Questions of the heart

On its way to becoming a bellwether biotech, Gilead Sciences Inc. saw its market cap jump some 50% in less than two years, climbing from about $26 billion in early 2006 to about $40 billion by October 2007.

Making a similar leap on the back of a new cardiovascular franchise may prove more challenging, if only because the starting point is so much bigger - the company is again valued at about $40 billion in the post-meltdown economy.

But reaching $60 billion also will require execution on a sales strategy and the addition of at least a third comparably sized product to its starting cardio portfolio. The value proposition also depends on market conditions, which is not within the company's control.

On the sales side, Gilead will be aiming to target physicians in specialty settings with a portfolio of oral compounds for chronic cardiovascular indications.

To get scale, it also will need to add a total of $400 million to $2 billion in product revenue. Gilead could hit the lower end of that range with its current portfolio thanks to the addition of CV Therapeutics Inc.'s Ranexa ranolazine, which is marketed for chronic angina, on top of Gilead's darusentan, which is in Phase III testing for resistant hypertension. But to reach the upper limit of that range, Gilead would need to make more acquisitions or license in products.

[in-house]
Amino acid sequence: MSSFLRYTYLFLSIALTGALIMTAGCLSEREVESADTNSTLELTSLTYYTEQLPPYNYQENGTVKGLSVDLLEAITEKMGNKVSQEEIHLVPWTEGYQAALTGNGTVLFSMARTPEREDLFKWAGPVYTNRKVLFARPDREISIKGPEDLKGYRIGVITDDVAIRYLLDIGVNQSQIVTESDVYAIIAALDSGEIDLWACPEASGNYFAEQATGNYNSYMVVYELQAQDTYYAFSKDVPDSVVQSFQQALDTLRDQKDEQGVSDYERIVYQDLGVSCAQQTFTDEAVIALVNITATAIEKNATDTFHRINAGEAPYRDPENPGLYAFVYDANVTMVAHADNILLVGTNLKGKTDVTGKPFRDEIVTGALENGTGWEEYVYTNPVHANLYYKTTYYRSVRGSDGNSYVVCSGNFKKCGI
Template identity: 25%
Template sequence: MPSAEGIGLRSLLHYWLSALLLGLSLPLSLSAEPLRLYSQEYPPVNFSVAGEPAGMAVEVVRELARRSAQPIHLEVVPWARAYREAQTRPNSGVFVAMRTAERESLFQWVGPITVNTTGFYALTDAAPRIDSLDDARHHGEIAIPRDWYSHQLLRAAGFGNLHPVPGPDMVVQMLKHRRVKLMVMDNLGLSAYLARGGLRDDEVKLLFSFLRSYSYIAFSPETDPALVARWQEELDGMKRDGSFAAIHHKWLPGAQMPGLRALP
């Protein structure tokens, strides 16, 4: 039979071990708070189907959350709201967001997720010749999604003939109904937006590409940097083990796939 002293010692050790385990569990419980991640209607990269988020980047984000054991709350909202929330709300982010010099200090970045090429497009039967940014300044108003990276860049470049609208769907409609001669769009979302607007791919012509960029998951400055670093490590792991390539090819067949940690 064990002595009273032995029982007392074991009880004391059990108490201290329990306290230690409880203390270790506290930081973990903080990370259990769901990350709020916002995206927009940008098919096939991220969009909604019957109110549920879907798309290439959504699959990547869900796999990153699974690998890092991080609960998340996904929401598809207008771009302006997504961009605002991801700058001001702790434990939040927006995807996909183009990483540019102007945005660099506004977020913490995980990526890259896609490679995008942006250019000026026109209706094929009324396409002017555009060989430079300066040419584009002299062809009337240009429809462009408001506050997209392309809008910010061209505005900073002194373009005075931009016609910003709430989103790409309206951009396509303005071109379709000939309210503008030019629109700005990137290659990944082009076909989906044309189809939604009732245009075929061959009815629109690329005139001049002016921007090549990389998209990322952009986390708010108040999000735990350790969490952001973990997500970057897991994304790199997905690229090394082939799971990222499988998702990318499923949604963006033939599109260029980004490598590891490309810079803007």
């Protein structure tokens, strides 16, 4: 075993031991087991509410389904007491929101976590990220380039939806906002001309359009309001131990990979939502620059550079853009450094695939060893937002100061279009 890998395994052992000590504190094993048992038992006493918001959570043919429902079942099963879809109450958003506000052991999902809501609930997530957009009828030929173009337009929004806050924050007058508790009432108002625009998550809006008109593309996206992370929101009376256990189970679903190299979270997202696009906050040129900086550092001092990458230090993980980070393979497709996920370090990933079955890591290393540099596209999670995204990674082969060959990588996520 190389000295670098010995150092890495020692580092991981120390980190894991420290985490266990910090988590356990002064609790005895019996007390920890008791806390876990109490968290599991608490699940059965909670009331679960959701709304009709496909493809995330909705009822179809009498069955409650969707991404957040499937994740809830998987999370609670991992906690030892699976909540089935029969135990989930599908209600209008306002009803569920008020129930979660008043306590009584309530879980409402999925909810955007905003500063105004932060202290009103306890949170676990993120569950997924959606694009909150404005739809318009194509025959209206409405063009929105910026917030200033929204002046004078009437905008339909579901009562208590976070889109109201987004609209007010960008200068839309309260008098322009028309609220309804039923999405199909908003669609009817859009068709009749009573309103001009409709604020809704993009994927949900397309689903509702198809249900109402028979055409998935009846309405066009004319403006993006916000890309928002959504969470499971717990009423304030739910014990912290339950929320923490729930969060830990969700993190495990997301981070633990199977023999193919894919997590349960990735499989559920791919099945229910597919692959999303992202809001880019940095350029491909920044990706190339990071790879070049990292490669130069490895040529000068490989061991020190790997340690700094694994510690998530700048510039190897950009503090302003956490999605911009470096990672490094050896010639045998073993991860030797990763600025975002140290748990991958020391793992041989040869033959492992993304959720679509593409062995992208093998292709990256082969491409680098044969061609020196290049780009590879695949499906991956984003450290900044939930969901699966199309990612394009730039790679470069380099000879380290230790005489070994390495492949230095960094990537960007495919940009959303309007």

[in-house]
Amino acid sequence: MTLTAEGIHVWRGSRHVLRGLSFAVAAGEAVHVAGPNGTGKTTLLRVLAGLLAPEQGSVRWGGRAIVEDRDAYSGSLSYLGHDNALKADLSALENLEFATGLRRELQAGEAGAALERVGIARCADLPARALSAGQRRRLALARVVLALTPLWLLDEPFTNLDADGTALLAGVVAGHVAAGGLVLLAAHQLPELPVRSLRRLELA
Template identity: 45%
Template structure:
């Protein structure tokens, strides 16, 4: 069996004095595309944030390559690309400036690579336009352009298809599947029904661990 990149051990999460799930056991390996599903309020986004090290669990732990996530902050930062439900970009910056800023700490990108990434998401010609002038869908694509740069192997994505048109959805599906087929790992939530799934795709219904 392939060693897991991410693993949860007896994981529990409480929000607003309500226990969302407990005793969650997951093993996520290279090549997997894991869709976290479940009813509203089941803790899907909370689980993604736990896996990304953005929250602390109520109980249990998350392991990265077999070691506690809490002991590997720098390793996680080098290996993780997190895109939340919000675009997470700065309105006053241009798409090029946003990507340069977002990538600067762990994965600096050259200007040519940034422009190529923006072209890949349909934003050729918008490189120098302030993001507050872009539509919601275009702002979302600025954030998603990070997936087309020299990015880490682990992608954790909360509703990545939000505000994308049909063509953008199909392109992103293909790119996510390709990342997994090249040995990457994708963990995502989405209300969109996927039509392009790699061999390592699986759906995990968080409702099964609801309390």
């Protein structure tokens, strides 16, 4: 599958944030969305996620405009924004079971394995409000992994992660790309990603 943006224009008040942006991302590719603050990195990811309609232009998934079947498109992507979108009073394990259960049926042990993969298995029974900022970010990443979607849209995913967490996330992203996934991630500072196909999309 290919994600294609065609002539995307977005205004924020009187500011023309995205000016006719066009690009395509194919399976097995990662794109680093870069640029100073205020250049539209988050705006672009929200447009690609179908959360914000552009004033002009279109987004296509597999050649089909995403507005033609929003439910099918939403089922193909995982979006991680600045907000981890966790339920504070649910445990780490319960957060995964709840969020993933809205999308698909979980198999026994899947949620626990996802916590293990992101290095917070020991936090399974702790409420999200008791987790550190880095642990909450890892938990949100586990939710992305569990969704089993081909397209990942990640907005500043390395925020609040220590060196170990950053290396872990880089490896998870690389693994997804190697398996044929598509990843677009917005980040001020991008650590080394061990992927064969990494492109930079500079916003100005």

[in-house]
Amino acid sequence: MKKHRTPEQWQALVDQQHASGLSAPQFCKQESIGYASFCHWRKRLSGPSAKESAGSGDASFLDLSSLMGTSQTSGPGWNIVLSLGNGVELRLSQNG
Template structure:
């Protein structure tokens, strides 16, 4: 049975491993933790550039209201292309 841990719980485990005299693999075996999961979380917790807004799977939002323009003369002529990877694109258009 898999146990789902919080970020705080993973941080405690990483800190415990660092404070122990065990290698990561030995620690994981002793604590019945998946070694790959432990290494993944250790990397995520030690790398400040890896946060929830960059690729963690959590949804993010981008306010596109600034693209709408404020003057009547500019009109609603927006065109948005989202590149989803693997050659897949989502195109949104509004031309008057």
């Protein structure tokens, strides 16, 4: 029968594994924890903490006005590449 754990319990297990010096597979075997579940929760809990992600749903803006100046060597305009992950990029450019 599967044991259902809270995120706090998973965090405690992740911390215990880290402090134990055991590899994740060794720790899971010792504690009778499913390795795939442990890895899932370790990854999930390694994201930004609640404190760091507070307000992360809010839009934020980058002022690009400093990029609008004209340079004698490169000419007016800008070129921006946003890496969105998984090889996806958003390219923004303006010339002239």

Then the valuation trajectory depends on the market.

For example, Gilead posted revenues of $5.3 billion in 2008. At a $40 billion valuation, each dollar of revenue translates into about $7.55 of market cap. Using that ratio, the company would need $8 billion in revenues to reach the $60 billion mark.

On the other hand, if stock market sentiment improves and Gilead gets back to the $50 billion market cap it had last summer, then each dollar in revenue would translate into $9.40 in market cap. At that ratio, Gilead would need only $6.4 billion in revenues to reach a $60 billion valuation.

Prior to acquiring CV Therapeutics for $1.4 billion in cash in April this year, Gilead had guided for 2009 net product revenues of $5.9-$6 billion, which was increased by $200 million to $6.1-$6.2 billion at the end of 2Q09 based in part on the addition of Ranexa.

If the company builds out a $1-$1.5 billion specialty cardiovascular business - which commercialization executives contacted by BioCentury agree

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